Susan is a mother and grandmother. She and her husband homeschooled their youngest son during primary, high school and high school. They live in Northern California, close to the coast and surrounded by redwood trees.

It is our great honor to recognize Susan with this award from Graduate Women International.


In 1899 Maria Montessori represented Italy at the International Feminist Congress in London, where there were 500 other speakers. Here is a quote from her speech:

Progress leads to the invention of machines that substitute for woman’s work. Now [women] must apply their energies differently. Instead of speaking with their hearts, they will speak with their brains. I hope that all women will be enamored of scientific reason which does not suffocate the voice of the heart but rather explains the reasons of the heart and supports it.

While in London Montessori met with physicians specializing in special education, and visited schools based on the methods of her French mentor Edouard Sequin. For the first time, she saw the materials that will prove to open the path to independent actions and thought in children, to social-emotional learning, to intellectual and moral education: the dressing frames, the materials to teach two and three dimensional geometric forms, the beginning language and math materials, all of which were invented half a century earlier. 

In 1906, a year before she opened the first Montessori kindergarten, casa dei bambini, in the slums of Rome, she published a proclamation inviting all Italian women to join the illegal initiative to register to vote, her words: All women, rise up! Your first duty in this social movement is to demand the vote.

Thirteen years later, in 1919, Graduate Women International was founded. I have not been able to find out if Montessori was aware of this movement but surely, she would have supported it. Throughout her life Montessori stood for the discovery of all that is good in people, and supported the best of development, and education, of children and adults.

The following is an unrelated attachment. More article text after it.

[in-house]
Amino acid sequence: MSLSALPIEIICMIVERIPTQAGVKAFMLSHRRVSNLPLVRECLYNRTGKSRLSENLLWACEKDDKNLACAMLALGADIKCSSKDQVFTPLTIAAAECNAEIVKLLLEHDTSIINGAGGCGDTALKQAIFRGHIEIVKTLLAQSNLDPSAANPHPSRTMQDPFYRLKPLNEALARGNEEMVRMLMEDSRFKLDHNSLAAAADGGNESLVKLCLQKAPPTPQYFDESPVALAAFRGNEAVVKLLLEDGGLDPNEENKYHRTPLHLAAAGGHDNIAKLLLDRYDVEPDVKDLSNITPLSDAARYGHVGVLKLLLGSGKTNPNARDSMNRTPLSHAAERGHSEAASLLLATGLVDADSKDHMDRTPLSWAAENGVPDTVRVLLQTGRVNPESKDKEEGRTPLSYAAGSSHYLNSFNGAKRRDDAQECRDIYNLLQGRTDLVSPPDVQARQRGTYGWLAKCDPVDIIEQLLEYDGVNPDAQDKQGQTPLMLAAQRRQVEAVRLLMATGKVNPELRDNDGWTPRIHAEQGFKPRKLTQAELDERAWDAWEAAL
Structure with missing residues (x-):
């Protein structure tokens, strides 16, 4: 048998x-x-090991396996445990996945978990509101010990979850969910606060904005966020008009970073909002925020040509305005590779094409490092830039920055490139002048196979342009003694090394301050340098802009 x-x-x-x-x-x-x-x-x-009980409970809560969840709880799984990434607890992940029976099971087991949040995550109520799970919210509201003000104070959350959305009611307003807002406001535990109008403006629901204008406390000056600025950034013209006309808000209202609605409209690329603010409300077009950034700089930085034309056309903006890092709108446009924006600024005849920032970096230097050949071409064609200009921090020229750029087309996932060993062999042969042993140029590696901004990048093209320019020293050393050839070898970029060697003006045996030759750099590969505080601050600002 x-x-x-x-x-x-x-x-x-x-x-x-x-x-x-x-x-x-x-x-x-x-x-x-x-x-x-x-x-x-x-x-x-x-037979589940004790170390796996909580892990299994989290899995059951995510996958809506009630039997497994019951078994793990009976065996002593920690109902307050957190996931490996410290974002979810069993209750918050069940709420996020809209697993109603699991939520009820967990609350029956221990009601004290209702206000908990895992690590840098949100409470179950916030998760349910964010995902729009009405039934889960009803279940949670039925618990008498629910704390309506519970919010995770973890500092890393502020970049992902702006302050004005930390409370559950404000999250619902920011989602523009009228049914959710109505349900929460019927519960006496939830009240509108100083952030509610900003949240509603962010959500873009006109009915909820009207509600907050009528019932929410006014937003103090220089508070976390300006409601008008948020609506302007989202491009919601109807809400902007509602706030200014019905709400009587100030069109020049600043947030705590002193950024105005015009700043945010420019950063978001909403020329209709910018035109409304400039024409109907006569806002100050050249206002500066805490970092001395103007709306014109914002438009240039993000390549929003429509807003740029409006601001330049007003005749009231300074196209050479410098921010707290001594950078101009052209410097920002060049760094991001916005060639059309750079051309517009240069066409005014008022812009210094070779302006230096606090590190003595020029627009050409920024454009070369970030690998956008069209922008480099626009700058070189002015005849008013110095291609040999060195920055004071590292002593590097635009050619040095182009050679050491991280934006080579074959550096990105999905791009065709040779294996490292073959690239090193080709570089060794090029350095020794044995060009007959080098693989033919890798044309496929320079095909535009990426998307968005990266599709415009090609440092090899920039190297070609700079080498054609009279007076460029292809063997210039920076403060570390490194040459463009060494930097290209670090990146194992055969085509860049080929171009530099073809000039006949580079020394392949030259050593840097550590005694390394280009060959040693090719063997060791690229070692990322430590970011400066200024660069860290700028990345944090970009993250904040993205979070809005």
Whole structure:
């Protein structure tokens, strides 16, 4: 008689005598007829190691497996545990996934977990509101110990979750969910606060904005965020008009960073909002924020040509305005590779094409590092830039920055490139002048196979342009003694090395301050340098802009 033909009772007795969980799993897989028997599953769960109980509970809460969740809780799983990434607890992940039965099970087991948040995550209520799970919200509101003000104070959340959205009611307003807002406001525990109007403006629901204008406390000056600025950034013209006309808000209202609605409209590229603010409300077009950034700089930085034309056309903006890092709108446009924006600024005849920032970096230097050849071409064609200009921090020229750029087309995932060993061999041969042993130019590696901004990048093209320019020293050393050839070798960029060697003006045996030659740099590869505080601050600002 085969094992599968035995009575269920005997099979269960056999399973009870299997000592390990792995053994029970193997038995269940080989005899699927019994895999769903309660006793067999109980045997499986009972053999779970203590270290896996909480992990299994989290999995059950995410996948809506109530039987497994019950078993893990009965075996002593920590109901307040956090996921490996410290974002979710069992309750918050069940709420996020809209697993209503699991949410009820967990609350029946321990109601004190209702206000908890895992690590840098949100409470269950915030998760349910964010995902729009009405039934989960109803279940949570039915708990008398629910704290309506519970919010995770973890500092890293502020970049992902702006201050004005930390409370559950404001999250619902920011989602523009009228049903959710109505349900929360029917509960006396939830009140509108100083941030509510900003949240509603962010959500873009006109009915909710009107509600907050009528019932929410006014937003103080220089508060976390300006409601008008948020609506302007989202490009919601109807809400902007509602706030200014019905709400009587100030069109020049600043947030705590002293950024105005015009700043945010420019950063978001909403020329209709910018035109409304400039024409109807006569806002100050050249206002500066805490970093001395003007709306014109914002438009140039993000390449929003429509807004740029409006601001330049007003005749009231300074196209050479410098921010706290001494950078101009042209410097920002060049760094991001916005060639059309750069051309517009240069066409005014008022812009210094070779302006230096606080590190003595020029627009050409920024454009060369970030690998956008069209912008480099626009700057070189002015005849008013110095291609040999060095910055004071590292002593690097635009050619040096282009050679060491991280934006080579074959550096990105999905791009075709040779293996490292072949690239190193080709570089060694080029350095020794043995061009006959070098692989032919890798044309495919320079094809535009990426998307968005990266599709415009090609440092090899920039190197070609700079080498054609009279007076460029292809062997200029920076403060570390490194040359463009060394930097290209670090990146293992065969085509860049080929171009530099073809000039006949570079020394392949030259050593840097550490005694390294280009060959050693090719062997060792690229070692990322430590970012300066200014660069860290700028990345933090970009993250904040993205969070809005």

Here are words from the mission of graduate women International: Promote international cooperation, friendship, peace and respect for human rights for all, irrespective of their age, race, nationality, religion, political opinion, gender and sexual orientation or another status.

In our Montessori work we see clearly that when the needs of the infant, the father and mother, the child, the young adult, the grandparents, the extended family, and every member of society are met, people can see each other without prejudice, they begin to listen to each other. They hear each other. This is the first step to peace.

Thank you very much for inviting me to participate in this great work to support the education of girls. It is an honor to be recognized by you. I wish you all the best in this important work throughout the world.


3 thoughts on “Recognition of 50 Years of Montessori Work

  1. Patricia D. Craft-Heuer January 6, 2022 / 9:01 pm

    Congratulations Susan, you make the world a better place.

  2. Barbara Kahn January 7, 2022 / 2:05 am

    Susan and her family has been a gift to the Montessori world internationally. She is a tireless crusader for Maria’s message. I have grown through knowing Susan.

  3. Jim and Roberta Cummesky January 13, 2022 / 2:16 am

    Roberta and I are so blessed to have shared a tiny slice of your 50 years! The warmest wishes for the future!!